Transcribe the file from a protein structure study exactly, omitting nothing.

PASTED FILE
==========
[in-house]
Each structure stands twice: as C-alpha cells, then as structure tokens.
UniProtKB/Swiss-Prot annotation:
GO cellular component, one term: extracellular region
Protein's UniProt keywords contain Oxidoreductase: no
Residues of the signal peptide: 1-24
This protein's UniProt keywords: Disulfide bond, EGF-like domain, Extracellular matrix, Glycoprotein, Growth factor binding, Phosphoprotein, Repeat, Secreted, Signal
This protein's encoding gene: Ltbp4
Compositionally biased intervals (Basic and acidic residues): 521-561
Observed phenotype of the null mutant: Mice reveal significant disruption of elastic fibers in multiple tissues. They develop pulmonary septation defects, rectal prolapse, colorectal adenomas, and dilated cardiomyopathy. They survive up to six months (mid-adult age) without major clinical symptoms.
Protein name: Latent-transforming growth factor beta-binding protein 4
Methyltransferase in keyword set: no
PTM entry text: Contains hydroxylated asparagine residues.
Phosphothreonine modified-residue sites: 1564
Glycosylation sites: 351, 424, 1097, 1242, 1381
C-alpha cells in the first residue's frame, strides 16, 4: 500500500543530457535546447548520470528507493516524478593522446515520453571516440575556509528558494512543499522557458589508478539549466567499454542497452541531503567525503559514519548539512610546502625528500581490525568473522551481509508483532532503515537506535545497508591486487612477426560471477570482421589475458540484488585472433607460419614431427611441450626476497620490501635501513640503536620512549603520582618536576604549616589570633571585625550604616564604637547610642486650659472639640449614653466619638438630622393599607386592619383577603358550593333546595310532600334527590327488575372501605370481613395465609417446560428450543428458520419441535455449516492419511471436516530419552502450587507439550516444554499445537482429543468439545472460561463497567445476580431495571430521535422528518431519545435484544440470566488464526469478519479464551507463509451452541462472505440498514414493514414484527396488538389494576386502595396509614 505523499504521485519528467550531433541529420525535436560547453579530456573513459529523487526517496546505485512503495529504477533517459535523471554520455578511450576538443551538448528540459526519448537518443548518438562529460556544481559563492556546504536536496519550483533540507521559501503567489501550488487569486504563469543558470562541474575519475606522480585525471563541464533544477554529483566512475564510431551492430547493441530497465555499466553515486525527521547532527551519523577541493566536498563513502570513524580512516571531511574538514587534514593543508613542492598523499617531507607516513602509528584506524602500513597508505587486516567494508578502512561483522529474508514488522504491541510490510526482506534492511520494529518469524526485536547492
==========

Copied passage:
[in-house]
Each structure stands twice: as C-alpha cells, then as structure tokens.
UniProtKB/Swiss-Prot annotation:
GO cellular component, one term: extracellular region
Protein's UniProt keywords contain Oxidoreductase: no
Residues of the signal peptide: 1-24
This protein's UniProt keywords: Disulfide bond, EGF-like domain, Extracellular matrix, Glycoprotein, Growth factor binding, Phosphoprotein, Repeat, Secreted, Signal
This protein's encoding gene: Ltbp4
Compositionally biased intervals (Basic and acidic residues): 521-561
Observed phenotype of the null mutant: Mice reveal significant disruption of elastic fibers in multiple tissues. They develop pulmonary septation defects, rectal prolapse, colorectal adenomas, and dilated cardiomyopathy. They survive up to six months (mid-adult age) without major clinical symptoms.
Protein name: Latent-transforming growth factor beta-binding protein 4
Methyltransferase in keyword set: no
PTM entry text: Contains hydroxylated asparagine residues.
Phosphothreonine modified-residue sites: 1564
Glycosylation sites: 351, 424, 1097, 1242, 1381
C-alpha cells in the first residue's frame, strides 16, 4: 500500500543530457535546447548520470528507493516524478593522446515520453571516440575556509528558494512543499522557458589508478539549466567499454542497452541531503567525503559514519548539512610546502625528500581490525568473522551481509508483532532503515537506535545497508591486487612477426560471477570482421589475458540484488585472433607460419614431427611441450626476497620490501635501513640503536620512549603520582618536576604549616589570633571585625550604616564604637547610642486650659472639640449614653466619638438630622393599607386592619383577603358550593333546595310532600334527590327488575372501605370481613395465609417446560428450543428458520419441535455449516492419511471436516530419552502450587507439550516444554499445537482429543468439545472460561463497567445476580431495571430521535422528518431519545435484544440470566488464526469478519479464551507463509451452541462472505440498514414493514414484527396488538389494576386502595396509614 505523499504521485519528467550531433541529420525535436560547453579530456573513459529523487526517496546505485512503495529504477533517459535523471554520455578511450576538443551538448528540459526519448537518443548518438562529460556544481559563492556546504536536496519550483533540507521559501503567489501550488487569486504563469543558470562541474575519475606522480585525471563541464533544477554529483566512475564510431551492430547493441530497465555499466553515486525527521547532527551519523577541493566536498563513502570513524580512516571531511574538514587534514593543508613542492598523499617531507607516513602509528584506524602500513597508505587486516567494508578502512561483522529474508514488522504491541510490510526482506534492511520494529518469524526485536547492